10. Soak your billets at welding temp longer. I've heard say that when the flux is bubbling that the billet is ready to weld. I leave it in to soak for a while to make sure the billet is hot enough on the inside. Tony G
  11. guarnera

    stupit 52100

    Band saw blades are 15n20, not 52100. High in nickel and may give you a hard time. Floorspar, and a pinch of SalAmmoniac ? I think that's the stuff. If Jim H is around, maybe he will chime in about his flux recipe. I think these are the 2 things he adds to his flux, I Think, but I don't know in what amounts, and he welds pure nickel to pure nickel in his blades. He used to put shims in between billets so the nickel didn't touch nickel. That's how he says to do it in his first book, I think. Its a nasty flux but it works. How about it Jim? Some help here with the amounts of what stuff to use in
  12. Sorry it took me so long to reply. I've been away. Yes it is a 100#. Tony G
  13. guarnera

    Mixed results

    I haven't had time to really study this, but right off the bat it looks to be accordion folded, or unfolded actually. It is puzzling !!! Tony G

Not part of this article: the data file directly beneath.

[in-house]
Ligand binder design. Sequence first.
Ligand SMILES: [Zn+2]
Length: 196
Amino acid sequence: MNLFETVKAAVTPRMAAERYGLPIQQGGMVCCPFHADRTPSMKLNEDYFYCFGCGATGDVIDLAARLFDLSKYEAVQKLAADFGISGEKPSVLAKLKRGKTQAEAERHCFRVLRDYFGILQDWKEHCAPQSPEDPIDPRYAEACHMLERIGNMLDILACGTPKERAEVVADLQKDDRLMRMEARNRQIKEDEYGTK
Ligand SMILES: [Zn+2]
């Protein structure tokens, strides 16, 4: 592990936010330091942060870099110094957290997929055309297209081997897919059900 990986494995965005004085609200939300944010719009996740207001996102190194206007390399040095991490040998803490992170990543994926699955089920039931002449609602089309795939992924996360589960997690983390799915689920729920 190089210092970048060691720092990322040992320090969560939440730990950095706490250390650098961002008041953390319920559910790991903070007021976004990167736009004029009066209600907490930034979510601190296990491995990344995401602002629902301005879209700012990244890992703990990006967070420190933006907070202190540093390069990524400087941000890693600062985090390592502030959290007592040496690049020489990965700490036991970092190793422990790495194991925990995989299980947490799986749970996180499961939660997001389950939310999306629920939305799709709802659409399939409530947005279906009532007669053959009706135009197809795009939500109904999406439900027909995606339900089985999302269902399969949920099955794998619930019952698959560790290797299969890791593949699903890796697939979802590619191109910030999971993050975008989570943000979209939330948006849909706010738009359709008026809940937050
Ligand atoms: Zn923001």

14. Geoff, Great looking chef's knife. Makes me want to make some more kitchen knives. How thick is it? Does it have a distal taper? Just doing research, so I can better plan my try at a chef knife. I've made 4 paring knives for my mother, wife, and sister in law. Have one extra, left over. Made them all with white micarta and stainless rivets, except the extra, I put ironwood with mosaic pins on it. But I need to do a chef's knife and yours looks like an excellent example to take some pointers from. If you don't mind that is. Love the handle too. Tony G
  15. Hey, I have one also. If anyone in Southern California wants one. It's to big. I don't have a truck anymore, so I can't get it refilled. I'm in Lancaster, Ca. If anyone wants it, let me know and its your for free. Tony G
  16. Oh! If you get it, make sure you get the stand with it. The stand has a hole in it. There is a counter weight for the head that hangs into the hole and moves up and down when you raise or lower the head. Other wise you will have to cut a hole in a work bench, but the stand is designed for the grinder and everything fits together. It just makes things easier. Good luck. Tony G
  17. Dave, I have this model. It's a very popular model with knife makers due to the price, and it runs on 115 Volts, single phase. You can get the same machine from Harbor freight for $1000.00 or less. It is sold by a lot of company's from $1000 to $3500. It's a good little machine. I haven't had mine to long but you could probably do a half of thousandth with it. But most guys change them over to use a belt. I just posted about that a little while ago, and there are links that show how to do it. That's my next project. Its slow going, but you will have perfectly flat. I have in the past used